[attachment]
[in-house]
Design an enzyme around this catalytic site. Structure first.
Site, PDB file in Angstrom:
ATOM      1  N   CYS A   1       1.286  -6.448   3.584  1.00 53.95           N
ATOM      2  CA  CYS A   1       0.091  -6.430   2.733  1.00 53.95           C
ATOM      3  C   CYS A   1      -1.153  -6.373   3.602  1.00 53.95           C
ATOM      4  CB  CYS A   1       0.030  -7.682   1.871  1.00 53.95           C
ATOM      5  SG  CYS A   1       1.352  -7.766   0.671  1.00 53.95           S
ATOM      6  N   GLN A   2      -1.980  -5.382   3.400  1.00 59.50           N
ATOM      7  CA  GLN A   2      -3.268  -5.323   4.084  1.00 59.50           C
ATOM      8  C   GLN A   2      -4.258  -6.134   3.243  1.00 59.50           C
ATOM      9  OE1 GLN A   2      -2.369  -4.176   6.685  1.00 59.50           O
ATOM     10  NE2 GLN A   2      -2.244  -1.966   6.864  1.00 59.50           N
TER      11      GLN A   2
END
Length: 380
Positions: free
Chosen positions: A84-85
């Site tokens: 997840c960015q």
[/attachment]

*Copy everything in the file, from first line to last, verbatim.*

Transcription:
[in-house]
Design an enzyme around this catalytic site. Structure first.
Site, PDB file in Angstrom:
ATOM      1  N   CYS A   1       1.286  -6.448   3.584  1.00 53.95           N
ATOM      2  CA  CYS A   1       0.091  -6.430   2.733  1.00 53.95           C
ATOM      3  C   CYS A   1      -1.153  -6.373   3.602  1.00 53.95           C
ATOM      4  CB  CYS A   1       0.030  -7.682   1.871  1.00 53.95           C
ATOM      5  SG  CYS A   1       1.352  -7.766   0.671  1.00 53.95           S
ATOM      6  N   GLN A   2      -1.980  -5.382   3.400  1.00 59.50           N
ATOM      7  CA  GLN A   2      -3.268  -5.323   4.084  1.00 59.50           C
ATOM      8  C   GLN A   2      -4.258  -6.134   3.243  1.00 59.50           C
ATOM      9  OE1 GLN A   2      -2.369  -4.176   6.685  1.00 59.50           O
ATOM     10  NE2 GLN A   2      -2.244  -1.966   6.864  1.00 59.50           N
TER      11      GLN A   2
END
Length: 380
Positions: free
Chosen positions: A84-85
């Site tokens: 997840c960015q």